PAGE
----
The pressures are the reason for the extra thick walls on propane bottles. It is easier, and much lighter to carry an extra bit of water and an extra bowl to put reluctant canister into for using it. For the weight of the propane bottle, you could bring a WG stove and be done with it.

Doric Swain
(skibug) - M
Heat exchanger/surface area on 12/16/2013 20:22:59 MST Print View

Great report, as expected!

Having looked at several articles and reports over the years, it seems fairly obvious that pots with integrated heat exchangers seem to provide a benefit in terms of fuel efficiency - although with a trade-off of increased pot weight. This trade-off means there is a "break-even" point when the increased pot weight is counterbalanced by the decreased fuel weight.

I've often wondered how much of the effect is due to the increased absorption of heat due to the higher surface area exposed to the stove, and whether a similar (though lesser) effect could be achieved by simply having a "normal" pot with a corrugated, dimpled, or otherwise indented base, increasing the base surface area by around 30 - 50%. Maybe something like an egg-carton shape, though maybe for half sized eggs.

I have never seen such a thing, but also assume, because it's such a simple idea, if it worked, it would have been done. The increased weight of the pot might be around 15 to 30 percent, I imagine.

Any thoughts?

Skibug.

Paul McLaughlin
(paul) - MLife
Re: Heat exchanger/surface area on 12/16/2013 20:55:14 MST Print View

I strongly suspect your idea would be effective, as it is all about surface area. And your weight increase estimate sounds reasonable. If you take a pot that is 6" diameter by 4" tall (dimensions of a 2-qt AGG hard anodized pot that I have), the bottom accounts for about 27% of the surface area - or a little less really when you account for the roll at the lip - so if you double the surface area of the bottom by way of convolutions, you'd be adding let's say 25% to the weight. In the case of the pot I have that would mean 25% of 4.3 oz, or 1.075 oz. And doubling the surface area of the bottom has got to have a significant effect on the heat transfer properties of the pot.

As to why it hasn't been done I 'd bet the answer is that it would be a pot for water only - if you cooked any food in it it would be a pain to clean.

But it sounds like a great idea.

Doric Swain
(skibug) - M
Re: Heat exchanger/surface area on 12/24/2013 18:52:11 MST Print View

Paul Mc wrote:

"As to why it hasn't been done I 'd bet the answer is that it would be a pot for water only - if you cooked any food in it it would be a pain to clean.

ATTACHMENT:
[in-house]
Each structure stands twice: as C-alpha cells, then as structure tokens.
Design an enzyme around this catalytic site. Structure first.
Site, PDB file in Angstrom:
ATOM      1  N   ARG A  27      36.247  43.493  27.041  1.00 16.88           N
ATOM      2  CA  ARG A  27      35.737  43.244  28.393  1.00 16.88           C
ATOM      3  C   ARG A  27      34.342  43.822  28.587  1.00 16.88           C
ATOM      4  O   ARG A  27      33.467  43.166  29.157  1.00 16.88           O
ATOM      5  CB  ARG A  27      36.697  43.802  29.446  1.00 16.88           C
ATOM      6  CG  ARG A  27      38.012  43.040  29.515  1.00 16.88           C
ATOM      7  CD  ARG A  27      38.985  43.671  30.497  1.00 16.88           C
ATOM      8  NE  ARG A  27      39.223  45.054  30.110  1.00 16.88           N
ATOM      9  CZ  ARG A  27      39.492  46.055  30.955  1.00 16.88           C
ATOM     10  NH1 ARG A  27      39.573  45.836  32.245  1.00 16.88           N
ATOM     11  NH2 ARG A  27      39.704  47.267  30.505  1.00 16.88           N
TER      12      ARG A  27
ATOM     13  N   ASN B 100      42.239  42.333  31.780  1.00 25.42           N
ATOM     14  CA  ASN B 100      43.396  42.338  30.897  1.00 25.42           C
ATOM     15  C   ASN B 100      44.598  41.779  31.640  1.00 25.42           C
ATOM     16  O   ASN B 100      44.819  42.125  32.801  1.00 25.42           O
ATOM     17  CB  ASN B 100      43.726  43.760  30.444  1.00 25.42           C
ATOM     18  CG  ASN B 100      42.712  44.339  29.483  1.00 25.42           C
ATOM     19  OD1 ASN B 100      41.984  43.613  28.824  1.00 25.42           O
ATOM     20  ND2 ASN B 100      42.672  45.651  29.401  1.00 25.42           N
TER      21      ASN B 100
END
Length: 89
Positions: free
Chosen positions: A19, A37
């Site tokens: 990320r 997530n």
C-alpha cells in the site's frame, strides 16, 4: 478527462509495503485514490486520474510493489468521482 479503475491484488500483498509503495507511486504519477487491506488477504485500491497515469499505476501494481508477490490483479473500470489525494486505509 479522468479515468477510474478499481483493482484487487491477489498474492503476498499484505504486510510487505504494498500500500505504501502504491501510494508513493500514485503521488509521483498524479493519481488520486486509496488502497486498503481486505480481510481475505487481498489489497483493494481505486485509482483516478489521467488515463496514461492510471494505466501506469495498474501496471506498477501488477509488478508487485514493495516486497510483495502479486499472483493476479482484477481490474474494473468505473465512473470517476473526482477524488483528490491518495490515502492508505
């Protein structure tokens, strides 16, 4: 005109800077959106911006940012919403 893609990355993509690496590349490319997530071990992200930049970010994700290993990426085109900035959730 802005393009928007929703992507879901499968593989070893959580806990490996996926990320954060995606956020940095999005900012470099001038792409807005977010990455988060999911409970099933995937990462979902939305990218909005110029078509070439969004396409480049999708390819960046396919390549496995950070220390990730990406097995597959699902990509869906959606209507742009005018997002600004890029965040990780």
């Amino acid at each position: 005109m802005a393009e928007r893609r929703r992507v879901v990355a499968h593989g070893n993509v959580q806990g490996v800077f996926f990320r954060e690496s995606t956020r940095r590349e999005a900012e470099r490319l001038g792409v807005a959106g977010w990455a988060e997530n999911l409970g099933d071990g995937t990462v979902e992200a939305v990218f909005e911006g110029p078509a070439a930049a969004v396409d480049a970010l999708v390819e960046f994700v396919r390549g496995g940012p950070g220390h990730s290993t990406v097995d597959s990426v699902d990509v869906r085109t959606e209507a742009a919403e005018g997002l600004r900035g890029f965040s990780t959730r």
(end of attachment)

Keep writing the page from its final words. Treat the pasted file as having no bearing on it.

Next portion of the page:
But it sounds like a great idea."

Thanks for this, Paul, your weight calculations seem in the ballpark. As for the comment about water only, I agree cooking anything that burns or sticks to the bottom would not be practical, but to be honest the great bulk of my meals on the trail are cooked in boiling water - pasta, tortellini, rice, cous-cous, noodles, soups etc - so I don't foresee much of a problem unless the water boils dry and causes the food to burn or stick. And what ultra-lighter worth the name wastes fuel by letting the water boil off? ;>)

The interesting part of the problem is balancing the surface area/weight trade-off, as well as having a surface that sits securely on the stove arms without wobbles or tipping.

I really hope this gets pursued by someone in the industry, as I can imagine even a 10 or 20 ℅ increase in fuel economy would be greatly welcomed by the community, especially the alcohol stove brigade.

If anyone can think of a way to do this as a diy project, I'd love to hear that, too.

Skibug

James Marco
(jamesdmarco) - MLife

Locale: Finger Lakes
HE pot on 12/24/2013 20:43:19 MST Print View

Yeah, it's been done. I made about twenty of the little 1 liter ones with various indents in the bottom, finally settling on a radial 5 ridge format. This was about 15%-17% more effective at garnering heat, but looses effectiveness with slower heats. At about 20-25 minutes to boil 2 cups of water it seems the pot radiates heat as fast as it absorbs it. Best time/fuel ratio was about 10-12 minutes with that pot even though it was only about 10-12% more efficient than a flat pot. The actual cooking surface was increased about 20% on the bottom only. (About 1/4" deep ridges makes it look like a "Fresnel" style lens, 'cept made of aluminum.)

Just aneal the bottom then carefully tap around a jig to get it to corogate. Then burnish with a harder metal burnisher (cleaned often to prevent metal/metal sticking.) I continue to use one.

No, it isn't all that difficult to clean. The 5 ridges were sized to a finger so I *can* scrub them out if I cook scrammbed eggs or something elaborate, like a muffin/bread on the trail. A couple teaspoons of olive oil does well at keeping stuff from sticking badly, unless you burn stuff (too much heat.)